I see some good similarities between them, but I think Nifty has some extras under his belt in terms of leading. He's got a bit more experience with other teams and he's very calm and collected, the same way that JT is, but Nifty has this... he's almost got this little bit of an edge, he's very quick and decisive, and he's very clear when speaking and communicating to the team, especially in high pressure situations. That's very difficult for an IGL to maintain, usually, and it's what's required of an IGL if you want to compete at a high level. I respect him for it, we all respect him for it, and it's really good to have a tool like that in the team. He also notices outside aspects which improve the team, such as seeing a sports psychologist, dietary planning, physical fitness, etc. He sees those as important parts and integral to the game. He's a step ahead, in my opinion.
Stepping up to a pro-level team, have you noticed any immediate discrepancies between playing where you are now and MDL?
In terms of practice, we do practice against the same teams as I did with ATK, just because that's how scrims go, but in terms of matches, Chicago was quite a step up. I have competed against some top teams before with the Bravado and ATK lineups, but in Envy it's almost as if there's this professional sort of atmosphere. There's this different kind of energy and vibe surrounding the players and the way they approach and play these matches. It's almost as if it doesn't matter who you're up against, while if you're on a team that is yet to establish itself in a scene, it's almost frightening to play against higher tier teams in matches that count. In Envy it's just not like that, it's as if it's another day at the office, which is a nice feeling because it allows you to compete in this pressure-free environment and allows you to perform at your peak as a player.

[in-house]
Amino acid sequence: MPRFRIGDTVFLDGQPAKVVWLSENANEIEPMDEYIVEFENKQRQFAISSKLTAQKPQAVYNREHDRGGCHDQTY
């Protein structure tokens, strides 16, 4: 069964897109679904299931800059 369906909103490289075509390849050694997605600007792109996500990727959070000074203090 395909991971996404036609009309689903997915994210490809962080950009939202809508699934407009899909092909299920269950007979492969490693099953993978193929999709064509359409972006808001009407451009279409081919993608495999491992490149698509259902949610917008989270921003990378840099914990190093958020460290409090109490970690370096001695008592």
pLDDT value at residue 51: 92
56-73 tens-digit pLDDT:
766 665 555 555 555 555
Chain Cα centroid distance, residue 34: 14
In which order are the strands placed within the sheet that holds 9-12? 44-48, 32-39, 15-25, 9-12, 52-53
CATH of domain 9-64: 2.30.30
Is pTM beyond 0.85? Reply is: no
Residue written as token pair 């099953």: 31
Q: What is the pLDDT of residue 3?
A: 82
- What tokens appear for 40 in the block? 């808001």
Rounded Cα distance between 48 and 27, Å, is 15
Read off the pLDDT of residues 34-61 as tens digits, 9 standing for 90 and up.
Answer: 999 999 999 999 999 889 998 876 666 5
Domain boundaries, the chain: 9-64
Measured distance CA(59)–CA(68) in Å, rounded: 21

It was just announced that you guys will play against INTZ in the ESL Pro League Relegation later this month. One of your aims is to keep your spot in Pro League, but are there any concrete goals that you guys have set for yourselves for the second half of the year?
We just wish to qualify for as many tournaments as we can and stick to our plan of growth. This is a long-term project, so we don't expect too much in a short period of time, but I'm seeing our growth rate is pretty exponential both as a team and as friends, as well.
When you say that you are sticking to your plan of growth, can you expand on that a bit with what that entails for you guys?
Yeah, so a lot of teams set themselves up with these short expectations, and usually that could lead to failure, that's how I see most of these teams that disband or kick players because they feel it's not working—or they just don't see it working, but they don't give themselves enough time. Nifty has this vision that I agree with and that we spoke a lot about, and that's a long-term goal-oriented team that is built up over a long period of time so that you give things a chance to grow.
If it doesn't work in the end, then it doesn't work, but I believe by doing that, you give yourself a lot more of a chance for success because things that may not seem like they're working now may end up working later on when you chop and change or fix things.